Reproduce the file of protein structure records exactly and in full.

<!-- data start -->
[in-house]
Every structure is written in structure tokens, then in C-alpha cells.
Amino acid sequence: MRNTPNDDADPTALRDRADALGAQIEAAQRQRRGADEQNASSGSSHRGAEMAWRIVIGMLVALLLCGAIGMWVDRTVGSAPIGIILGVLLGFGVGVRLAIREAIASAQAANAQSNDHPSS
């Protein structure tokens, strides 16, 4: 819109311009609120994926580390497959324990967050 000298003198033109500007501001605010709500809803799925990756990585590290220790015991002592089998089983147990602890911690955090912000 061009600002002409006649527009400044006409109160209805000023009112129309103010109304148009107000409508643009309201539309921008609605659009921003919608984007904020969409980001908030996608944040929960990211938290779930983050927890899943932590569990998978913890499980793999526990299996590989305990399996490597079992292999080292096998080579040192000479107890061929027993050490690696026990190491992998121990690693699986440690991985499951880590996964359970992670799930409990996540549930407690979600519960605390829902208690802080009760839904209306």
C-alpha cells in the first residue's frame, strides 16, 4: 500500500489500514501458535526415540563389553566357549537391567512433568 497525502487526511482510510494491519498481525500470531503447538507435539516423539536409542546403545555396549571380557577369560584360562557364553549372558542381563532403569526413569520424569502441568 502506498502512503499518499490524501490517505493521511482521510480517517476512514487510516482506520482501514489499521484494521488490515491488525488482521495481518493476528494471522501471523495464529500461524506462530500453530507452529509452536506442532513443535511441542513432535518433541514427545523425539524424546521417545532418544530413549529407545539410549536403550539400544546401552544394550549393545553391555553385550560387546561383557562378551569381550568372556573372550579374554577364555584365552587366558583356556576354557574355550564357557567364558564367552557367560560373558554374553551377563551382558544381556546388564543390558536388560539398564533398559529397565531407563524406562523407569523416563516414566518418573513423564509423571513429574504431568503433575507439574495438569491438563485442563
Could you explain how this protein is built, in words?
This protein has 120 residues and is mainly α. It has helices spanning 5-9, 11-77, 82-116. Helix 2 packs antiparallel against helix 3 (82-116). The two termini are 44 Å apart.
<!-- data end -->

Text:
[in-house]
Every structure is written in structure tokens, then in C-alpha cells.
Amino acid sequence: MRNTPNDDADPTALRDRADALGAQIEAAQRQRRGADEQNASSGSSHRGAEMAWRIVIGMLVALLLCGAIGMWVDRTVGSAPIGIILGVLLGFGVGVRLAIREAIASAQAANAQSNDHPSS
């Protein structure tokens, strides 16, 4: 819109311009609120994926580390497959324990967050 000298003198033109500007501001605010709500809803799925990756990585590290220790015991002592089998089983147990602890911690955090912000 061009600002002409006649527009400044006409109160209805000023009112129309103010109304148009107000409508643009309201539309921008609605659009921003919608984007904020969409980001908030996608944040929960990211938290779930983050927890899943932590569990998978913890499980793999526990299996590989305990399996490597079992292999080292096998080579040192000479107890061929027993050490690696026990190491992998121990690693699986440690991985499951880590996964359970992670799930409990996540549930407690979600519960605390829902208690802080009760839904209306």
C-alpha cells in the first residue's frame, strides 16, 4: 500500500489500514501458535526415540563389553566357549537391567512433568 497525502487526511482510510494491519498481525500470531503447538507435539516423539536409542546403545555396549571380557577369560584360562557364553549372558542381563532403569526413569520424569502441568 502506498502512503499518499490524501490517505493521511482521510480517517476512514487510516482506520482501514489499521484494521488490515491488525488482521495481518493476528494471522501471523495464529500461524506462530500453530507452529509452536506442532513443535511441542513432535518433541514427545523425539524424546521417545532418544530413549529407545539410549536403550539400544546401552544394550549393545553391555553385550560387546561383557562378551569381550568372556573372550579374554577364555584365552587366558583356556576354557574355550564357557567364558564367552557367560560373558554374553551377563551382558544381556546388564543390558536388560539398564533398559529397565531407563524406562523407569523416563516414566518418573513423564509423571513429574504431568503433575507439574495438569491438563485442563
Could you explain how this protein is built, in words?
This protein has 120 residues and is mainly α. It has helices spanning 5-9, 11-77, 82-116. Helix 2 packs antiparallel against helix 3 (82-116). The two termini are 44 Å apart.